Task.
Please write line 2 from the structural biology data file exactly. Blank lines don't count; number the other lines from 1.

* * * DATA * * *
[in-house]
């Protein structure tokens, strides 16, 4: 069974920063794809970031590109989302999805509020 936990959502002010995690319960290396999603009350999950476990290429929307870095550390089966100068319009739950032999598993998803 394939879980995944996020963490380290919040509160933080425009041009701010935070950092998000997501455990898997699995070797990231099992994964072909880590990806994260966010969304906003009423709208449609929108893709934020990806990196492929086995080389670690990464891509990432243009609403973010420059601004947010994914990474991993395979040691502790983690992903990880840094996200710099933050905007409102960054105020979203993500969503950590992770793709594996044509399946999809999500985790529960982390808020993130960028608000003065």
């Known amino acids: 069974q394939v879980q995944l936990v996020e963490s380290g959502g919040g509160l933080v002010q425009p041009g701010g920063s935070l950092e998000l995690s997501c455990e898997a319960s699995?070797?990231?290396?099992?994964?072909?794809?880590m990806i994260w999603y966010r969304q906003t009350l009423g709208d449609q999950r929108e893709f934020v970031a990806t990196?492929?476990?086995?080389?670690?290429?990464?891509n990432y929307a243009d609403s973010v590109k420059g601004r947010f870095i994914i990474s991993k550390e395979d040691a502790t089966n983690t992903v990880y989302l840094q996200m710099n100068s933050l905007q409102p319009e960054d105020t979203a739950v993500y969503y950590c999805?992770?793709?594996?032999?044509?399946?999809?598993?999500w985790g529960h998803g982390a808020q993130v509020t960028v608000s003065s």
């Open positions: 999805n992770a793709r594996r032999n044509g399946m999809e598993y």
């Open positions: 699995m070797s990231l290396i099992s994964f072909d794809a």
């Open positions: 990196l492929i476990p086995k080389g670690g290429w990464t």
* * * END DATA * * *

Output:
């Protein structure tokens, strides 16, 4: 069974920063794809970031590109989302999805509020 936990959502002010995690319960290396999603009350999950476990290429929307870095550390089966100068319009739950032999598993998803 394939879980995944996020963490380290919040509160933080425009041009701010935070950092998000997501455990898997699995070797990231099992994964072909880590990806994260966010969304906003009423709208449609929108893709934020990806990196492929086995080389670690990464891509990432243009609403973010420059601004947010994914990474991993395979040691502790983690992903990880840094996200710099933050905007409102960054105020979203993500969503950590992770793709594996044509399946999809999500985790529960982390808020993130960028608000003065």